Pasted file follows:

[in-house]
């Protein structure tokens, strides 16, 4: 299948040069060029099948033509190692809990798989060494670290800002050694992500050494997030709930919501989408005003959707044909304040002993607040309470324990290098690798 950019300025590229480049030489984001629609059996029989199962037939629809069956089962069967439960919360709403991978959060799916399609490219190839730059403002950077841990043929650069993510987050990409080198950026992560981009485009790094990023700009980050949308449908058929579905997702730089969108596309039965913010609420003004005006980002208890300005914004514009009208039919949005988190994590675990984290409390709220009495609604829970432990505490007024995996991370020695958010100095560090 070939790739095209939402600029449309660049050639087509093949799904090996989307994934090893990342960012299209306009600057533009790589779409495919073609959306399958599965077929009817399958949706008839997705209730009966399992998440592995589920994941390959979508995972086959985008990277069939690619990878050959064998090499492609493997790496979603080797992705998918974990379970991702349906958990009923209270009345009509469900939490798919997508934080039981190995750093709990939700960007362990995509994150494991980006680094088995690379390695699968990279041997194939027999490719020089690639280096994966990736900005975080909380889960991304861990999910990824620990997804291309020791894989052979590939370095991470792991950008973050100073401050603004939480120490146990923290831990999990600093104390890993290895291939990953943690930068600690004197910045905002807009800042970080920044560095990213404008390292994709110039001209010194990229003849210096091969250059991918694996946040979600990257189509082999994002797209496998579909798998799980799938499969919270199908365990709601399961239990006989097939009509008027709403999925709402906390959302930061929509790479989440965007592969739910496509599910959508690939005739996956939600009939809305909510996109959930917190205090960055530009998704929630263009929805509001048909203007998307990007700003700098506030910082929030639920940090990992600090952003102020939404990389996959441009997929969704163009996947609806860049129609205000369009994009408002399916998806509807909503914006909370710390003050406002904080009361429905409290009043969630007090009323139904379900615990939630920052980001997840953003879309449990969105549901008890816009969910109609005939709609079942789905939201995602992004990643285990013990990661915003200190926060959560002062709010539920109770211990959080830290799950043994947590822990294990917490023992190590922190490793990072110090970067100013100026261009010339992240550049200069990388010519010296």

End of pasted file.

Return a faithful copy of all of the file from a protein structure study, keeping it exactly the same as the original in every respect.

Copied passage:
[in-house]
């Protein structure tokens, strides 16, 4: 299948040069060029099948033509190692809990798989060494670290800002050694992500050494997030709930919501989408005003959707044909304040002993607040309470324990290098690798 950019300025590229480049030489984001629609059996029989199962037939629809069956089962069967439960919360709403991978959060799916399609490219190839730059403002950077841990043929650069993510987050990409080198950026992560981009485009790094990023700009980050949308449908058929579905997702730089969108596309039965913010609420003004005006980002208890300005914004514009009208039919949005988190994590675990984290409390709220009495609604829970432990505490007024995996991370020695958010100095560090 070939790739095209939402600029449309660049050639087509093949799904090996989307994934090893990342960012299209306009600057533009790589779409495919073609959306399958599965077929009817399958949706008839997705209730009966399992998440592995589920994941390959979508995972086959985008990277069939690619990878050959064998090499492609493997790496979603080797992705998918974990379970991702349906958990009923209270009345009509469900939490798919997508934080039981190995750093709990939700960007362990995509994150494991980006680094088995690379390695699968990279041997194939027999490719020089690639280096994966990736900005975080909380889960991304861990999910990824620990997804291309020791894989052979590939370095991470792991950008973050100073401050603004939480120490146990923290831990999990600093104390890993290895291939990953943690930068600690004197910045905002807009800042970080920044560095990213404008390292994709110039001209010194990229003849210096091969250059991918694996946040979600990257189509082999994002797209496998579909798998799980799938499969919270199908365990709601399961239990006989097939009509008027709403999925709402906390959302930061929509790479989440965007592969739910496509599910959508690939005739996956939600009939809305909510996109959930917190205090960055530009998704929630263009929805509001048909203007998307990007700003700098506030910082929030639920940090990992600090952003102020939404990389996959441009997929969704163009996947609806860049129609205000369009994009408002399916998806509807909503914006909370710390003050406002904080009361429905409290009043969630007090009323139904379900615990939630920052980001997840953003879309449990969105549901008890816009969910109609005939709609079942789905939201995602992004990643285990013990990661915003200190926060959560002062709010539920109770211990959080830290799950043994947590822990294990917490023992190590922190490793990072110090970067100013100026261009010339992240550049200069990388010519010296």